Today, almost all business is global business. Cultural awareness – reading body language, knowing what to expect on your multicultural virtual teams, and understanding the importance of a relationship-building conversation before a meeting – is core for successful business people today. This post is part of an ongoing series to help readers leverage insights into the eight dimensions of culturally based work style differences, so you can raise your own global business productivity.

Culture is one of those things that you’re not aware of until you’re confronted with people who have different cultural values and ways of doing things. Because culture is inculcated into all of us from earliest childhood, we don’t even think about it. It’s just the way things get done. And since we don’t even think about our own culture, how can we be aware that other cultures can be so different?

The reason we can communicate organically in our own culture is that our underlying assumptions about “good manners,” “social and anti-social” behaviors are the same. But, imagine a situation where all of that is turned upside down. If you were taught from childhood to be deferential, polite and respectful, and you now find yourself working with someone who believes just as strongly that being direct, concise and casual is the way to communicate, you’ve got the makings of conflict—for no valid reason.

It’s not that you and your colleague actually disagree, but rather that you have a different way of expressing your views. The net result is that an otherwise brilliant collaboration is thwarted—simply because of cultural differences combined with both parties’ lack of cultural awareness.

What’s Good About Assumptions?

Assumptions are not always a bad thing. They allow you to interact fluidly within a culture because people share accepted norms and don’t have to question every action. Corporate cultures are a good example of how assumptions and shared values enable business operations to flow more smoothly.

You know that in your organization, if someone says, “We’ll meet at 10 o’clock,” you know that the meeting will take place around 10 o’clock. In your company it may be exactly at 10, or it may be five minutes after. You know that you may sit down to work immediately or you may have some time to get tea or coffee and chat before you begin work. Because you can operate organically within the context of your own corporate culture, you can make an assumption that time has the same value and meaning to all of the people you’re interacting with.

Similarly, if you’re from a direct communication culture, you can assume that when you say something is “pretty good” you mean exactly the words you’re using—it’s “good, but not great”—and proceed with that understanding.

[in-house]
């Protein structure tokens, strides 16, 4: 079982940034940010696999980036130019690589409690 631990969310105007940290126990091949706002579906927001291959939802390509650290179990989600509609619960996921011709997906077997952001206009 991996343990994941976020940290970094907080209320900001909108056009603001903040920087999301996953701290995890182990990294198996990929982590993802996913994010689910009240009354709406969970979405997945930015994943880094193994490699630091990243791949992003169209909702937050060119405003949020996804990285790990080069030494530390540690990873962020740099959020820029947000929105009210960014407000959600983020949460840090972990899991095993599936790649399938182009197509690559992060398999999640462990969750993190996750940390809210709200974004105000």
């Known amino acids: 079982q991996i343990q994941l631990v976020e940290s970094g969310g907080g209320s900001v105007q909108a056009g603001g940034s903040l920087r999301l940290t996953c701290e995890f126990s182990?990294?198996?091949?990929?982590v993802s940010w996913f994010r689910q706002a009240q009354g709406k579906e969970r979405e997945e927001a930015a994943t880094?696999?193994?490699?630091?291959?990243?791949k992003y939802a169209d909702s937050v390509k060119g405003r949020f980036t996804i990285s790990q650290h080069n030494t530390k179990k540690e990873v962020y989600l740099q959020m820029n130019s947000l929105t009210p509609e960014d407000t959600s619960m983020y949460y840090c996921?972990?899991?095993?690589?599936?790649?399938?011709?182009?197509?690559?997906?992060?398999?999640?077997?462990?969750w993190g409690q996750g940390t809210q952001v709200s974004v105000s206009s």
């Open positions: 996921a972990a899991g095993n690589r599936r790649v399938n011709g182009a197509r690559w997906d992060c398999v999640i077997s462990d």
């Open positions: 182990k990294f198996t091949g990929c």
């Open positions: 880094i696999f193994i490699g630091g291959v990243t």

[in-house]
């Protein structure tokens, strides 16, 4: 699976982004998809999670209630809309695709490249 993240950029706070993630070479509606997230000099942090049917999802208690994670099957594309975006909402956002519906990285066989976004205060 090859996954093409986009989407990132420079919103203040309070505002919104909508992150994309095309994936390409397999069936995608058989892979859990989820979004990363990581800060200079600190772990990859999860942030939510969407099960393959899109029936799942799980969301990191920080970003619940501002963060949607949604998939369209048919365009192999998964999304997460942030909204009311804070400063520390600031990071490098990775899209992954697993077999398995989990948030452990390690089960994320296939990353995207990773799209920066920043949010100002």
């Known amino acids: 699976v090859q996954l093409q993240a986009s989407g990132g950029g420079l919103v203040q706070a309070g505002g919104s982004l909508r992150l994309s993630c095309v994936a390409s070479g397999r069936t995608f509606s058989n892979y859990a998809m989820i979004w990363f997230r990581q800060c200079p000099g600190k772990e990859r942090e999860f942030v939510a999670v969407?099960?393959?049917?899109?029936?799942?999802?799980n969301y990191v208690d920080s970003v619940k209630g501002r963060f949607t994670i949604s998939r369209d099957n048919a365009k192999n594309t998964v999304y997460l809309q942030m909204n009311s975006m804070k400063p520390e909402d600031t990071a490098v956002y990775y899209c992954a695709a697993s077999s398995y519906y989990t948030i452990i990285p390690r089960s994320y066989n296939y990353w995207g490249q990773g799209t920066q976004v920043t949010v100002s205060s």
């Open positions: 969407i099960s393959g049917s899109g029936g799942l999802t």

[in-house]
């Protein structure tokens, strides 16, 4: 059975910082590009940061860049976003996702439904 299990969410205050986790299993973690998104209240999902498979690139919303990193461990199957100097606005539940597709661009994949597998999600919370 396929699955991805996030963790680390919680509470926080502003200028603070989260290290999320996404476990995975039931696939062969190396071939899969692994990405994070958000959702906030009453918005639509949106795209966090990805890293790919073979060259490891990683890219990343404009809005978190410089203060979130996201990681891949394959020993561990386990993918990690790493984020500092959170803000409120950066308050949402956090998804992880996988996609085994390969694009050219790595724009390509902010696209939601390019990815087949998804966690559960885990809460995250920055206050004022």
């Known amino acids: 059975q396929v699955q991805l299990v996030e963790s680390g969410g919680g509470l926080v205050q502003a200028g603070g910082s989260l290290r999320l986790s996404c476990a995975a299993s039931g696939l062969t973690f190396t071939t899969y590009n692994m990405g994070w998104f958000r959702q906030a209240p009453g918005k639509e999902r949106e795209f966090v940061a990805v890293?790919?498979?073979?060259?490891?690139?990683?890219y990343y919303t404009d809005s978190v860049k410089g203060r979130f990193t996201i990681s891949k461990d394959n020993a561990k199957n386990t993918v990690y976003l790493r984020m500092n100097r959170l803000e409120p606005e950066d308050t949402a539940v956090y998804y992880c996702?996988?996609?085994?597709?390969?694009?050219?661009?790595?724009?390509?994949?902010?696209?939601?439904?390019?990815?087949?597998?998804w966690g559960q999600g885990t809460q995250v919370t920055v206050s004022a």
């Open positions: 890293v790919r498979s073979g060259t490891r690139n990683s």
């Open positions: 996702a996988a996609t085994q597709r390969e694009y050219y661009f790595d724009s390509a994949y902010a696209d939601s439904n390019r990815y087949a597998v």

Assumptions are a necessary and inevitable outcome of interacting within your own cultural milieu. They serve as an effective shorthand for communication. This shorthand makes for easy collaboration, allowing us to interact without having to explain and expound in detail because our innate cultural awareness gives us the confidence that, when we communicate, the message will be understood in the way it is intended.

But Making Assumptions Can Cause Multicultural Awareness Problems

Assumptions are based on a set of common values and shared belief systems. However, if you don’t have that commonality—as in diverse, multicultural business dealings--they can lead to misunderstandings, disagreements, and even disasters.

Think about the way different cultures approach time. In some cultures, time is thought of as a commodity that is controllable. We have phrases such as “save time,” “spend time.” Time is not an absolute in every culture. In some, time depends on other variables, and people don’t have the conviction that time is predictable. These are unspoken rules within a single culture that can wreak havoc if they’re assumed in cross-cultural business situations.

Likewise, in the example of communication, the phrase “pretty good” may mean various things in various contexts. In some cultures, it can mean “not good at all” to “it’s not good but I don’t want to be that blunt and hurt your feelings.”

Making assumptions also reinforces our implicit biases and makes it more difficult for us to operate inclusively. That’s why awareness of cultural differences is critical to help prevent you assuming that everyone thinks just like you!

Fortunately, Cross-Culture Awareness is Learnable

One wonderful thing about culture is that it’s learnable. What’s more, you don’t need a handbook that details every culture. You simply need to learn what cultural behavior clues to look for.

Indeed, cultural awareness is learnable because culture isn’t random and because culturally-based behaviors are observable. Just watch people; listen to them, and think about the values they’re displaying. They demonstrate different behaviors that give you clues to their deeply held beliefs and, consequently, how they want to be treated. The learnable part of culture is recognizing those clues and heightening your sensitivity so that you can adjust your behavior accordingly.

We give you a framework for doing this in the CultureWizard Intercultural Model. That model has eight cultural dimensions (recognizable behaviors) that differ from culture to culture. Once you learn the cultural dimensions, you’ll be culturally aware, and able to interact with people who have different behavioral styles with confidence.

Furthermore, as you increase that self-awareness, you'll be able to start recognizing your unconscious biases and fostering a more productive, inclusive workplace. RW3's award-winning Global Inclusion Course is designed to help professionals get started on that journey.

Learn more about CultureWizard and the CultureWizard Intercultural Model: Request A Consultation